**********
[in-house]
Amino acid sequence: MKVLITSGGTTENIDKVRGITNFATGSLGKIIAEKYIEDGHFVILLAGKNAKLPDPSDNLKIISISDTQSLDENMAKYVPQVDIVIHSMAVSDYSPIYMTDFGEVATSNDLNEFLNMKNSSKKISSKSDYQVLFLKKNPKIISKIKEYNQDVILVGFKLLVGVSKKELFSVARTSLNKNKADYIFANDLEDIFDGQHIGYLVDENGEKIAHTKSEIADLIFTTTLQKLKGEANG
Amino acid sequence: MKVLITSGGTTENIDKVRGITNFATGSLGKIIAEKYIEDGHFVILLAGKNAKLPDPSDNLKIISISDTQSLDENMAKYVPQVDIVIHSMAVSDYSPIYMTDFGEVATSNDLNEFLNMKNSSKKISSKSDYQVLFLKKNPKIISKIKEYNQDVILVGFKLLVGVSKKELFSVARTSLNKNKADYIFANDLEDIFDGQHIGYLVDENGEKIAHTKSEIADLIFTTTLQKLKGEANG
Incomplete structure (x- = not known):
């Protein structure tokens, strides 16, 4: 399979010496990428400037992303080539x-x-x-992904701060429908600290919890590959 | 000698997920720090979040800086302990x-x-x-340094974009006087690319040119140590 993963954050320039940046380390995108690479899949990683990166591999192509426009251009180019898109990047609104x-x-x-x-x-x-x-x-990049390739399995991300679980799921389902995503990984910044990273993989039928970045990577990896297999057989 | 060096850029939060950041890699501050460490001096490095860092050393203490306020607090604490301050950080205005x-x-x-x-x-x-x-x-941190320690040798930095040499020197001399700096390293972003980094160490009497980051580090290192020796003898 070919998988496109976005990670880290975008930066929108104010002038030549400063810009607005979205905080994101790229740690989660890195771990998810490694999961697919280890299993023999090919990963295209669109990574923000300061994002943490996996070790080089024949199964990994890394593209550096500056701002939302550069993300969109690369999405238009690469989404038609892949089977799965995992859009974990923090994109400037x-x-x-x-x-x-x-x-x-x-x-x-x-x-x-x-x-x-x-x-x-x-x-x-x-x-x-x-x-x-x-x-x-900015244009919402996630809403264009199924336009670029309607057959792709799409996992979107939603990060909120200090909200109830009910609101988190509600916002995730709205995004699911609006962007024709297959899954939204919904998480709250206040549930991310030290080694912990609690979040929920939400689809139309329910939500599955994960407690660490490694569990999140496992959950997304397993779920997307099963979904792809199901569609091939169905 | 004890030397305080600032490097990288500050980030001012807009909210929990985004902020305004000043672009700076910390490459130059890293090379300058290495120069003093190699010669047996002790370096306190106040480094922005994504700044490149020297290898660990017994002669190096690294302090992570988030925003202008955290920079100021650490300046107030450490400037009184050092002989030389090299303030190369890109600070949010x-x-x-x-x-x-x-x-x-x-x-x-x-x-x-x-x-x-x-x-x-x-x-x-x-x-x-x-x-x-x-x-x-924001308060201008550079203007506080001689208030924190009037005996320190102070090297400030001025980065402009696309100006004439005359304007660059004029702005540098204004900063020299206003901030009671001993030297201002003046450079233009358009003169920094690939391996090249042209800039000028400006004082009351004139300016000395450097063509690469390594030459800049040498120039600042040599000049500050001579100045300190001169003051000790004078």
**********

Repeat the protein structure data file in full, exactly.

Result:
[in-house]
Amino acid sequence: MKVLITSGGTTENIDKVRGITNFATGSLGKIIAEKYIEDGHFVILLAGKNAKLPDPSDNLKIISISDTQSLDENMAKYVPQVDIVIHSMAVSDYSPIYMTDFGEVATSNDLNEFLNMKNSSKKISSKSDYQVLFLKKNPKIISKIKEYNQDVILVGFKLLVGVSKKELFSVARTSLNKNKADYIFANDLEDIFDGQHIGYLVDENGEKIAHTKSEIADLIFTTTLQKLKGEANG
Amino acid sequence: MKVLITSGGTTENIDKVRGITNFATGSLGKIIAEKYIEDGHFVILLAGKNAKLPDPSDNLKIISISDTQSLDENMAKYVPQVDIVIHSMAVSDYSPIYMTDFGEVATSNDLNEFLNMKNSSKKISSKSDYQVLFLKKNPKIISKIKEYNQDVILVGFKLLVGVSKKELFSVARTSLNKNKADYIFANDLEDIFDGQHIGYLVDENGEKIAHTKSEIADLIFTTTLQKLKGEANG
Incomplete structure (x- = not known):
């Protein structure tokens, strides 16, 4: 399979010496990428400037992303080539x-x-x-992904701060429908600290919890590959 | 000698997920720090979040800086302990x-x-x-340094974009006087690319040119140590 993963954050320039940046380390995108690479899949990683990166591999192509426009251009180019898109990047609104x-x-x-x-x-x-x-x-990049390739399995991300679980799921389902995503990984910044990273993989039928970045990577990896297999057989 | 060096850029939060950041890699501050460490001096490095860092050393203490306020607090604490301050950080205005x-x-x-x-x-x-x-x-941190320690040798930095040499020197001399700096390293972003980094160490009497980051580090290192020796003898 070919998988496109976005990670880290975008930066929108104010002038030549400063810009607005979205905080994101790229740690989660890195771990998810490694999961697919280890299993023999090919990963295209669109990574923000300061994002943490996996070790080089024949199964990994890394593209550096500056701002939302550069993300969109690369999405238009690469989404038609892949089977799965995992859009974990923090994109400037x-x-x-x-x-x-x-x-x-x-x-x-x-x-x-x-x-x-x-x-x-x-x-x-x-x-x-x-x-x-x-x-x-900015244009919402996630809403264009199924336009670029309607057959792709799409996992979107939603990060909120200090909200109830009910609101988190509600916002995730709205995004699911609006962007024709297959899954939204919904998480709250206040549930991310030290080694912990609690979040929920939400689809139309329910939500599955994960407690660490490694569990999140496992959950997304397993779920997307099963979904792809199901569609091939169905 | 004890030397305080600032490097990288500050980030001012807009909210929990985004902020305004000043672009700076910390490459130059890293090379300058290495120069003093190699010669047996002790370096306190106040480094922005994504700044490149020297290898660990017994002669190096690294302090992570988030925003202008955290920079100021650490300046107030450490400037009184050092002989030389090299303030190369890109600070949010x-x-x-x-x-x-x-x-x-x-x-x-x-x-x-x-x-x-x-x-x-x-x-x-x-x-x-x-x-x-x-x-x-924001308060201008550079203007506080001689208030924190009037005996320190102070090297400030001025980065402009696309100006004439005359304007660059004029702005540098204004900063020299206003901030009671001993030297201002003046450079233009358009003169920094690939391996090249042209800039000028400006004082009351004139300016000395450097063509690469390594030459800049040498120039600042040599000049500050001579100045300190001169003051000790004078």